MARRANOS IN ITALY
The Maranos, who were constantly threatened and persecuted by the Inquisition, tried in every way to leave the country, either in bands or as individual refugees. Many of them escaped to Italy, attracted thither by the climate, which resembled that of the Iberian Peninsula, and by its kindred language. They settled at Ferrara, and Duke Ercole I. d'Este granted them privileges, which were confirmed by his son, Alfonso I., to twenty-one Spanish Maranos, physicians, merchants, and others (ib. xv. 113 et seq.).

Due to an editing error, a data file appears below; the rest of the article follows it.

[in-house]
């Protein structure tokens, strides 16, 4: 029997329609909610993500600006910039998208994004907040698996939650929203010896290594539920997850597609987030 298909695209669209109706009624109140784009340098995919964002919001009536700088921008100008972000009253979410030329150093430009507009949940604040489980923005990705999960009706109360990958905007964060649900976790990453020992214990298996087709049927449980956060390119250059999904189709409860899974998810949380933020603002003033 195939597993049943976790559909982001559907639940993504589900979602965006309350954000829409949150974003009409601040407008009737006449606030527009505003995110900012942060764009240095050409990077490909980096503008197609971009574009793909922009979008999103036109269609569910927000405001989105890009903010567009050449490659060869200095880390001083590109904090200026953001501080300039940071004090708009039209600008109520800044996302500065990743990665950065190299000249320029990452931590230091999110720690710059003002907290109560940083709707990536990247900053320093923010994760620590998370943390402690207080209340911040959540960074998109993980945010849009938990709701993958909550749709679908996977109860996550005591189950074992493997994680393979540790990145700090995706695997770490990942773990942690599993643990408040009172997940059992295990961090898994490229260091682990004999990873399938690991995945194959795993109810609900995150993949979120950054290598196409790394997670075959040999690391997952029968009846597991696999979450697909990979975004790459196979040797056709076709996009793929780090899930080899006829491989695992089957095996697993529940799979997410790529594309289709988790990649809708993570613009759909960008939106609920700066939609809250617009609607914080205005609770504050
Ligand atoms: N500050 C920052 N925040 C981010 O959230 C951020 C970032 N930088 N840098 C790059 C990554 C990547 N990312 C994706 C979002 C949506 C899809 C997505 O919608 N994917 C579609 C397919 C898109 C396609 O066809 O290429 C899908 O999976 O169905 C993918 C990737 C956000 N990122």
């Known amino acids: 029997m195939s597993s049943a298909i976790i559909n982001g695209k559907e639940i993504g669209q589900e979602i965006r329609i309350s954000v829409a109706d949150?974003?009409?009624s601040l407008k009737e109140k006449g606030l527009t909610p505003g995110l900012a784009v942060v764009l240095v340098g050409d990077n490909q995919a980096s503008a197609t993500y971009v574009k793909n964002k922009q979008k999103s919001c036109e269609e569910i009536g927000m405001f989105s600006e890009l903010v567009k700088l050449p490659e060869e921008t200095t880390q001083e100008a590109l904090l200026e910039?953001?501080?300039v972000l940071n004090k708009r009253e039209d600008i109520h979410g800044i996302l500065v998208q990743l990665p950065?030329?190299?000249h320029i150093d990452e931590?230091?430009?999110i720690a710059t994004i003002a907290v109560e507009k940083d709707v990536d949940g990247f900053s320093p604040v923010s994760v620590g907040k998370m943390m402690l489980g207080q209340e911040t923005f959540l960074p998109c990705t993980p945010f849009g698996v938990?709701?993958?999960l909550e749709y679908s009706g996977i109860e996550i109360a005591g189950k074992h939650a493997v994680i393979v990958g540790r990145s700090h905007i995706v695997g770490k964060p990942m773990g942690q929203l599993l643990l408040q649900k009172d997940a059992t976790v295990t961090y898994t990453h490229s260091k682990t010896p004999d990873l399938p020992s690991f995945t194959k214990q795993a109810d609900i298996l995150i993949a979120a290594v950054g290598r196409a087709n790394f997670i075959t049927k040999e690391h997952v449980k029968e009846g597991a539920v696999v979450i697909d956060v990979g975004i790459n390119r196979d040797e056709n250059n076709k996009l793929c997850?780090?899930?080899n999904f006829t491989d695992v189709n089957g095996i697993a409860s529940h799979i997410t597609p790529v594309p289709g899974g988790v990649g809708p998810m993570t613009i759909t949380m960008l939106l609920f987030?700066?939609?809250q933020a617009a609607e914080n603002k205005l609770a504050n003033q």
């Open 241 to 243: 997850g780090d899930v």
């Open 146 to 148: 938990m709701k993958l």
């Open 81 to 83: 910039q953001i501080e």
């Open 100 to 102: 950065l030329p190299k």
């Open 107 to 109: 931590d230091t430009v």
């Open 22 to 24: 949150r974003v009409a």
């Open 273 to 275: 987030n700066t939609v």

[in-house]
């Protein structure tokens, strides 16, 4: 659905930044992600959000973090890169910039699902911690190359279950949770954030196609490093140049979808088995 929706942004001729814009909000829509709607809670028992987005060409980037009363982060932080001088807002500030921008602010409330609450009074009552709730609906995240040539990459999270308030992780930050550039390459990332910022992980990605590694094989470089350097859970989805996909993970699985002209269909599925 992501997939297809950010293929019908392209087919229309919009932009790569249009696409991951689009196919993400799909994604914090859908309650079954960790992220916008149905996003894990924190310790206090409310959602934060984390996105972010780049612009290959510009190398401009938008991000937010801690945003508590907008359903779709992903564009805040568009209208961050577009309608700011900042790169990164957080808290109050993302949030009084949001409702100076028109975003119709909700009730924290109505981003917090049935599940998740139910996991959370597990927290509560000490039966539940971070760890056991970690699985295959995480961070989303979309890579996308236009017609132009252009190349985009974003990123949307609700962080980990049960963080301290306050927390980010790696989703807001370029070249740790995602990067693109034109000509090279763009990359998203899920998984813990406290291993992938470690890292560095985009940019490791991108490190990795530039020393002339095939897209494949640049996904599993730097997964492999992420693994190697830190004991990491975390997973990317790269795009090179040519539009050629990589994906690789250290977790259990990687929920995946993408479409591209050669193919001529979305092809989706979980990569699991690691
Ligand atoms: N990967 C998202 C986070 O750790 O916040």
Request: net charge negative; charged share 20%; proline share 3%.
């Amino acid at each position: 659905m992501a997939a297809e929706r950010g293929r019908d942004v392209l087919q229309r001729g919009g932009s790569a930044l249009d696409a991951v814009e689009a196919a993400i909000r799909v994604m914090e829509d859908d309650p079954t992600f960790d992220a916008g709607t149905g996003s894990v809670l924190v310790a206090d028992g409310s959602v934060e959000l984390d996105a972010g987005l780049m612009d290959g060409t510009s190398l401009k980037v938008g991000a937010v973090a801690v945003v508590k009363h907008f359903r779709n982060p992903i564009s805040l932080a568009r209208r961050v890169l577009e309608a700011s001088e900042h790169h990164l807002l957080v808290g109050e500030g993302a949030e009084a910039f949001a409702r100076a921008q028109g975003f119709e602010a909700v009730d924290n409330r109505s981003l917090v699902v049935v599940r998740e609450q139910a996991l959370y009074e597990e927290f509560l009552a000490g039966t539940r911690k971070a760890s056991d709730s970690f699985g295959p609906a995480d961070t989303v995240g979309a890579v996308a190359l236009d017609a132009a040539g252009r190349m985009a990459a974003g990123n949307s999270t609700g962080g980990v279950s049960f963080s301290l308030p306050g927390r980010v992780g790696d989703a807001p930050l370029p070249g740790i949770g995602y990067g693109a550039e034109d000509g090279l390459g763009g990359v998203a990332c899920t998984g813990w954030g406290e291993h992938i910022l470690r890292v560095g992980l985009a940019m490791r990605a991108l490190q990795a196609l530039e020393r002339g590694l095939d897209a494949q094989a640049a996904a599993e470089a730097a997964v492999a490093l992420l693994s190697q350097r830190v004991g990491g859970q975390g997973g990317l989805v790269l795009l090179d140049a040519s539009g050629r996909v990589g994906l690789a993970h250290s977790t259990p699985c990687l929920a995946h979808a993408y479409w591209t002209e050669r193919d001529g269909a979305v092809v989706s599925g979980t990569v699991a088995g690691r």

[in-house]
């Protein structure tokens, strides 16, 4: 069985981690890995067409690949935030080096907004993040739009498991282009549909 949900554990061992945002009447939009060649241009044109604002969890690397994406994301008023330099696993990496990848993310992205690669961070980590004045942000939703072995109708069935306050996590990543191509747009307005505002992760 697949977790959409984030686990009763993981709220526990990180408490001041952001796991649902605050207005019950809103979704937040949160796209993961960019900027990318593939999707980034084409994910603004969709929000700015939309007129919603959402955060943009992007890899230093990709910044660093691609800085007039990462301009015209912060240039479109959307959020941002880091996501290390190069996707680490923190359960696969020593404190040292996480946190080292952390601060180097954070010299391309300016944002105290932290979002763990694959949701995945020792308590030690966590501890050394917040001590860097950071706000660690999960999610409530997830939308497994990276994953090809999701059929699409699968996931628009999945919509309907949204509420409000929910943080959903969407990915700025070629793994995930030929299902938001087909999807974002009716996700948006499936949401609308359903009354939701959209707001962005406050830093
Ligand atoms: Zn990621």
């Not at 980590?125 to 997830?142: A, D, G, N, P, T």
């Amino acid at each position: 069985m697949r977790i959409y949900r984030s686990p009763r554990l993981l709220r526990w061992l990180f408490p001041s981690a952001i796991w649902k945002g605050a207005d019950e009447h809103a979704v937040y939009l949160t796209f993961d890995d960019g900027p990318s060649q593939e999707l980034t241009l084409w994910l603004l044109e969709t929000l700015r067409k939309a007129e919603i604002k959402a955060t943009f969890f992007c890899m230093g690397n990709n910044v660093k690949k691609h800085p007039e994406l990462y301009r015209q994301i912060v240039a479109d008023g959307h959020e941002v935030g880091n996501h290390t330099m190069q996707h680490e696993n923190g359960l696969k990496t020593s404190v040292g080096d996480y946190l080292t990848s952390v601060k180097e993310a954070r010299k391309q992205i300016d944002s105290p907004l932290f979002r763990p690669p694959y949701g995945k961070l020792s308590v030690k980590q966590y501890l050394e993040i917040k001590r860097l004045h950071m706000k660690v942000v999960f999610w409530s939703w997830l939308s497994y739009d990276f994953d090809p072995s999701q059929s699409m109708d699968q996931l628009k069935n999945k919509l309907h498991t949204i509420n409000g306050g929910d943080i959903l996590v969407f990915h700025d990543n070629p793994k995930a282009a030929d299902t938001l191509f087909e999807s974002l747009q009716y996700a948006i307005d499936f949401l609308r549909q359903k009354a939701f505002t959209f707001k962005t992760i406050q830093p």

Spanish and Portuguese Maranos settled also at Florence; and Neo-Christians contributed to make Leghorn a leading seaport. They received privileges at Venice, where they were protected from the persecutions of the Inquisition. At Milan they materially advanced the interests of the city by their industry and commerce, although João de la Foya captured and robbed large numbers of them in that region. At Bologna, Pisa, Naples, Reggio, and many other Italian cities they freely exercised their religion, and were soon so numerous that Fernando de Goes Loureiro, an abbot from Oporto, filled an entire book with the names of the Maranos who had drawn large sums from Portugal and had openly avowed Judaism in Italy. In Piedmont Duke Emanuel Philibert of Savoy welcomed the Maranos from Coimbra, Pablo Hernando, Ruy Lopez, and Rodriguez, together with their families, and granted them commercial and industrial privileges, as well as the free exercise of their religion. Rome was full of Maranos. Pope Paul III. received them at Ancona for commercial reasons, and granted complete liberty "to all persons from Portugal and Algarve, even if belonging to the class of Neo-Christians." Three thousand Portuguese Jews and Maranos were living at Ancona in 1553. Two years later the fanatical Pope Paul IV. issued orders to have all the Maranos thrown into the prisons of the Inquisition which he had instituted. Sixty of them, who acknowledged the Catholic faith as penitents, were transported to the island of Malta; twenty-four, who adhered to Judaism, were publicly burned (May, 1556); and those who escaped from the Inquisition were received at Pesaro by Duke Guido Ubaldo of Urbino. As Guido was disappointed, however, in his hope of seeing all the Jews and Maranos of Turkey select Pesaro as a commercial center, he expelled (July 9, 1558) the Neo-Christians from Pesaro and other districts (ib. xvi. 61 et seq.). Many Maranos were attracted to Ragusa, formerly a considerable seaport. In May, 1544, a ship landed there filled exclusively with Portuguese refugees, as Balthasar de Faria reported to King John.